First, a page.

Starbucks revealed better-than-expected earnings for its last quarter, ending in December. Sales of cold beverages like its nitro cold brew have been particularly hot, giving a jolt to afternoon sales — typically a sleepy time for coffee joints and many restaurants.
Getting consumers to spend between lunch and dinner has been a perennial challenge for restaurants, according to consumer strategist R.J. Hottovy with Morningstar.
“Traditionally speaking, it’s been more some sort of coupon or discount to drive people back in the afternoon,” he said.
Starbucks tried that approach for a while, offering discounts to morning customers if they returned the same day. But it wasn’t all that effective until the coffee purveyor found that sweet spot for menu items with special appeal in the afternoon.
“It’s the idea of snacking,” said Alex Susskind, a professor of food and beverage management at Cornell University. He’s seen a rush by restaurants in recent years to better cater to the growing appetite for small bites and pick-me-ups.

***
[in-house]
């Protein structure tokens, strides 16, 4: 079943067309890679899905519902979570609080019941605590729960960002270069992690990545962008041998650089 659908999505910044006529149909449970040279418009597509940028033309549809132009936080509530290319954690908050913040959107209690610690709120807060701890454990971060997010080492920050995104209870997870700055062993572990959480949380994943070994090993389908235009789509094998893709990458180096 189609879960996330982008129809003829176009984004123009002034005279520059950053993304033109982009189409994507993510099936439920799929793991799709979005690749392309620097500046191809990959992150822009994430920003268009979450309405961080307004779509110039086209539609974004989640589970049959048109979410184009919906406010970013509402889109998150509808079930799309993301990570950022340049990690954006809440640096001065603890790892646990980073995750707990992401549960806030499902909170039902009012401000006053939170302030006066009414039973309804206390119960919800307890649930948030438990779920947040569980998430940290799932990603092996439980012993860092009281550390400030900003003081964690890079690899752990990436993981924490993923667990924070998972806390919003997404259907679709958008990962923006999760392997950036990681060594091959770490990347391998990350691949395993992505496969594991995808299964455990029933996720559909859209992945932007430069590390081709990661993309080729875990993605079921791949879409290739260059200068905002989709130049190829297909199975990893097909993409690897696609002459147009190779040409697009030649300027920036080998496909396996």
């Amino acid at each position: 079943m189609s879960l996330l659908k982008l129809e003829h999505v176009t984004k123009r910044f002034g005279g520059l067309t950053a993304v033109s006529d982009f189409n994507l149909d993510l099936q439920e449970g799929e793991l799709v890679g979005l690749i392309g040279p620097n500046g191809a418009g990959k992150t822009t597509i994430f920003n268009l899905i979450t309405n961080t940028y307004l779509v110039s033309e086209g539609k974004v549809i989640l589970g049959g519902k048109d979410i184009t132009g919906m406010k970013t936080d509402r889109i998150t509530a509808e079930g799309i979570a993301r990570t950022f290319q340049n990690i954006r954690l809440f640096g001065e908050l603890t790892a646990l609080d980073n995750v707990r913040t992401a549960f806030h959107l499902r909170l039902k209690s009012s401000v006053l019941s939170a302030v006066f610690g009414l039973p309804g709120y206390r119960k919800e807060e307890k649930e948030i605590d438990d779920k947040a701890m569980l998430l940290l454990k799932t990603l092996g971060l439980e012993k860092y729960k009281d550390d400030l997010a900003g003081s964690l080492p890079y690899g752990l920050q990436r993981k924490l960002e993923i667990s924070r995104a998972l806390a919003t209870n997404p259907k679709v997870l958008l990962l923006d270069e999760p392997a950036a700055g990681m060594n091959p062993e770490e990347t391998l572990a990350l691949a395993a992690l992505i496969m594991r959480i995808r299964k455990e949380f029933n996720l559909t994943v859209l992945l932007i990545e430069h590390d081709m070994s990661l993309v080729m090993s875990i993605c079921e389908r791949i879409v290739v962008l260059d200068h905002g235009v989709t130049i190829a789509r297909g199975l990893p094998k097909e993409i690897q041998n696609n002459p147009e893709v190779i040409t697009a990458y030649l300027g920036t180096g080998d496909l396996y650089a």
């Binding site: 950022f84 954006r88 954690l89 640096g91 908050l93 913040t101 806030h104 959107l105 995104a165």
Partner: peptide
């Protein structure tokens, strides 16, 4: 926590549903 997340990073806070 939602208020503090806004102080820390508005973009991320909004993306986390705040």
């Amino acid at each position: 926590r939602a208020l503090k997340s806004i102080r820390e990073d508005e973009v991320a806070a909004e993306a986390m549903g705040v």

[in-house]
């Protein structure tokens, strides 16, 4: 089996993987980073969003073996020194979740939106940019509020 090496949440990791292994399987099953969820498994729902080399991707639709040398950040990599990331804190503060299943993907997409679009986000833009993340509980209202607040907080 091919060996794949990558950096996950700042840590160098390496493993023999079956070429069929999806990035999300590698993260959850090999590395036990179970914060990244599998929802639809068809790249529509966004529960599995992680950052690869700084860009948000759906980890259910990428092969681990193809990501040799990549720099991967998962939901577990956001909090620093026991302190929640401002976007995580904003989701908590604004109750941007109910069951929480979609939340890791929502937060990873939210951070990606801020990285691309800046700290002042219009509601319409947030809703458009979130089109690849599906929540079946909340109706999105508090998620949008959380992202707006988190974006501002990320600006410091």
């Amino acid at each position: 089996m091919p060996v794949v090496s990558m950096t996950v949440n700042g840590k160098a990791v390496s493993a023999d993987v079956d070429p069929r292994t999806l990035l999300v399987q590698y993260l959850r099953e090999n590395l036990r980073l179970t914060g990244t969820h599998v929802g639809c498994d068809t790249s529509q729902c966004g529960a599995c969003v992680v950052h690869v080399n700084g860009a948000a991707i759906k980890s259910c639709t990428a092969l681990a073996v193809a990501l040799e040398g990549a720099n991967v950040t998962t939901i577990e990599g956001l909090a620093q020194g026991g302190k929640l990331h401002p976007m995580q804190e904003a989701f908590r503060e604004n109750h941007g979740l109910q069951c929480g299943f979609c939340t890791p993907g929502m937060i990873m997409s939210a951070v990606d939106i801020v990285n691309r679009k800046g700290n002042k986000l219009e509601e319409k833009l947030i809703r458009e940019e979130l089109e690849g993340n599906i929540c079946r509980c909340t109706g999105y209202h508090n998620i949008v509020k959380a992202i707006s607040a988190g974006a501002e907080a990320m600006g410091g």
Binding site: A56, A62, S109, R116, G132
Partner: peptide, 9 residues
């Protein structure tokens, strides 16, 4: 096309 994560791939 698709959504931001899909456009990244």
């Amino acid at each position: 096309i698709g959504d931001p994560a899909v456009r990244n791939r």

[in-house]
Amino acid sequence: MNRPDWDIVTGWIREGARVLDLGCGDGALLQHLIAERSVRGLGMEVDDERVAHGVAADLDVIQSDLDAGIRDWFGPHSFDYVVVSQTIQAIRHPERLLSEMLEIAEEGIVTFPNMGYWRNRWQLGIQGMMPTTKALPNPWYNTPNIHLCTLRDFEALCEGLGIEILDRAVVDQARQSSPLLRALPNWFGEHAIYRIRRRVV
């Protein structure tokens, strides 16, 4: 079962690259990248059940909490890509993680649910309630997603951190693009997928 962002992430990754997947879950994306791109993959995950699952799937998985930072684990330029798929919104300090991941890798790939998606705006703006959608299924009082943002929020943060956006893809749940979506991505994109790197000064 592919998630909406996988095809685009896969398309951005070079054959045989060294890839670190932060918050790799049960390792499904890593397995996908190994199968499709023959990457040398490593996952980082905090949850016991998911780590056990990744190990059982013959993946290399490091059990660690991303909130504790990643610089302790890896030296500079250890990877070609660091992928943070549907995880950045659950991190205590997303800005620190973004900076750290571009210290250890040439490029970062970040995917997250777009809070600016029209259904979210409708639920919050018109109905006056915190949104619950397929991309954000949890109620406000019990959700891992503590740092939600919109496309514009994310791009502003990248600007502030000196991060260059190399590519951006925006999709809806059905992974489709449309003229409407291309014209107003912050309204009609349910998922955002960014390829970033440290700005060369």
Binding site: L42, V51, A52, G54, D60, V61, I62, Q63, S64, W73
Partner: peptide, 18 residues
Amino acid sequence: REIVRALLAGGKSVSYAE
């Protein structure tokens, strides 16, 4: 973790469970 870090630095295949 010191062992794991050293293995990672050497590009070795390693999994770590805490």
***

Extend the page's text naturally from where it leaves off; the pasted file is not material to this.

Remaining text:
“It has to be something that they maybe can’t normally get, or [that] they wouldn’t normally get in the morning or the regular evening period,” he said.
That could mean anything from iced and blended coffee drinks to limited edition fast-food offerings like Dunkin’s donut fries or Burger King’s “Mac n’ Cheetos.”
On the other end of the spectrum, health and wellness foods are also driving afternoon sales, said Trevor Boomstra, a restaurant industry consultant with Alix Partners.
“You see fizzy tea drinks being popular and cold pressed juices as well,” he said. “Sometimes energy drinks, when people are looking for that recharge in the afternoon.”
That’s exactly where Starbucks had success: offering that hit of afternoon energy with cold brews.
Boomstra added that even if retailers can’t get people into stores in the afternoon, they can now increasingly bring the stores to consumers with mobile ordering and delivery.
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